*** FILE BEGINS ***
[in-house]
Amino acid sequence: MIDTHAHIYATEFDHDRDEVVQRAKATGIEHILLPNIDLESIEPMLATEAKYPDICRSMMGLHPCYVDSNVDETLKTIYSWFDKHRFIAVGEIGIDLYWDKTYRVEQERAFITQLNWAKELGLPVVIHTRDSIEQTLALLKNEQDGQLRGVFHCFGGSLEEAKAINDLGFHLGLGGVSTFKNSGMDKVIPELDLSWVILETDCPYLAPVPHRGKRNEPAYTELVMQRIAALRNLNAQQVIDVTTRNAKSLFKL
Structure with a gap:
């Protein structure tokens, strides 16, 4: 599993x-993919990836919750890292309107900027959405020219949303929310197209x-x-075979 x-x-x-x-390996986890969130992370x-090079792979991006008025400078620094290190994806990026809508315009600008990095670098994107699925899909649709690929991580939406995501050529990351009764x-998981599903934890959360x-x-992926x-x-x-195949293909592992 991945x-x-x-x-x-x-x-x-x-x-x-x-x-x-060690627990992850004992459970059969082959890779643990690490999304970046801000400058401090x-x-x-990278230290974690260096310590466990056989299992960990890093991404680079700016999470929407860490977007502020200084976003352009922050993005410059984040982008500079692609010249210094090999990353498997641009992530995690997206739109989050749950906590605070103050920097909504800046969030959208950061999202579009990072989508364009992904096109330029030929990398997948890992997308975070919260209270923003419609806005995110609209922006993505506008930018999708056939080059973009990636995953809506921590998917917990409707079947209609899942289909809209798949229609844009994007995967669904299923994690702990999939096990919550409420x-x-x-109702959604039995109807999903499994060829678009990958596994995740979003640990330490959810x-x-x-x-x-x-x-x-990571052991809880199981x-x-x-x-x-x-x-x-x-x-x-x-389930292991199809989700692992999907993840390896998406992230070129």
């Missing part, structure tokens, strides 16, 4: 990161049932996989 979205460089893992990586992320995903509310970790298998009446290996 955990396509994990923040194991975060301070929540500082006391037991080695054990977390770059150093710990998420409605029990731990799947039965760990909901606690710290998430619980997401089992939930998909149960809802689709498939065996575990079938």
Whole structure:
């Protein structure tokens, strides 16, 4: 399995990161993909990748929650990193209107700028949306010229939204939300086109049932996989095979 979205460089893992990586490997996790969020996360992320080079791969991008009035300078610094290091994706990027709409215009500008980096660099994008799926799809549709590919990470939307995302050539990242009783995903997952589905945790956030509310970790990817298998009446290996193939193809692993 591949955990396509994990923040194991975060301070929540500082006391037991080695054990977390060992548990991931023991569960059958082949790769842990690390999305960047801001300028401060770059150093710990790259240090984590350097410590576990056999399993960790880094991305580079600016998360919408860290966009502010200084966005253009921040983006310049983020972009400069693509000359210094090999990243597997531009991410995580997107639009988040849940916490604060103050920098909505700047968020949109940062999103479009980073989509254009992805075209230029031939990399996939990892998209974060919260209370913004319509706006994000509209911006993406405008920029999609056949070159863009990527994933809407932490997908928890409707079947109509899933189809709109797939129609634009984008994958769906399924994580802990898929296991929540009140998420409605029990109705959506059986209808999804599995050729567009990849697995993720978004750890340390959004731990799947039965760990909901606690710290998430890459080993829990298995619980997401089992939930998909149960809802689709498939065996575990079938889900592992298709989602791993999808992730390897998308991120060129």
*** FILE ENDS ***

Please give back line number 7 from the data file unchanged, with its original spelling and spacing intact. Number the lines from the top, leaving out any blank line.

């Protein structure tokens, strides 16, 4: 399995990161993909990748929650990193209107700028949306010229939204939300086109049932996989095979 979205460089893992990586490997996790969020996360992320080079791969991008009035300078610094290091994706990027709409215009500008980096660099994008799926799809549709590919990470939307995302050539990242009783995903997952589905945790956030509310970790990817298998009446290996193939193809692993 591949955990396509994990923040194991975060301070929540500082006391037991080695054990977390060992548990991931023991569960059958082949790769842990690390999305960047801001300028401060770059150093710990790259240090984590350097410590576990056999399993960790880094991305580079600016998360919408860290966009502010200084966005253009921040983006310049983020972009400069693509000359210094090999990243597997531009991410995580997107639009988040849940916490604060103050920098909505700047968020949109940062999103479009980073989509254009992805075209230029031939990399996939990892998209974060919260209370913004319509706006994000509209911006993406405008920029999609056949070159863009990527994933809407932490997908928890409707079947109509899933189809709109797939129609634009984008994958769906399924994580802990898929296991929540009140998420409605029990109705959506059986209808999804599995050729567009990849697995993720978004750890340390959004731990799947039965760990909901606690710290998430890459080993829990298995619980997401089992939930998909149960809802689709498939065996575990079938889900592992298709989602791993999808992730390897998308991120060129």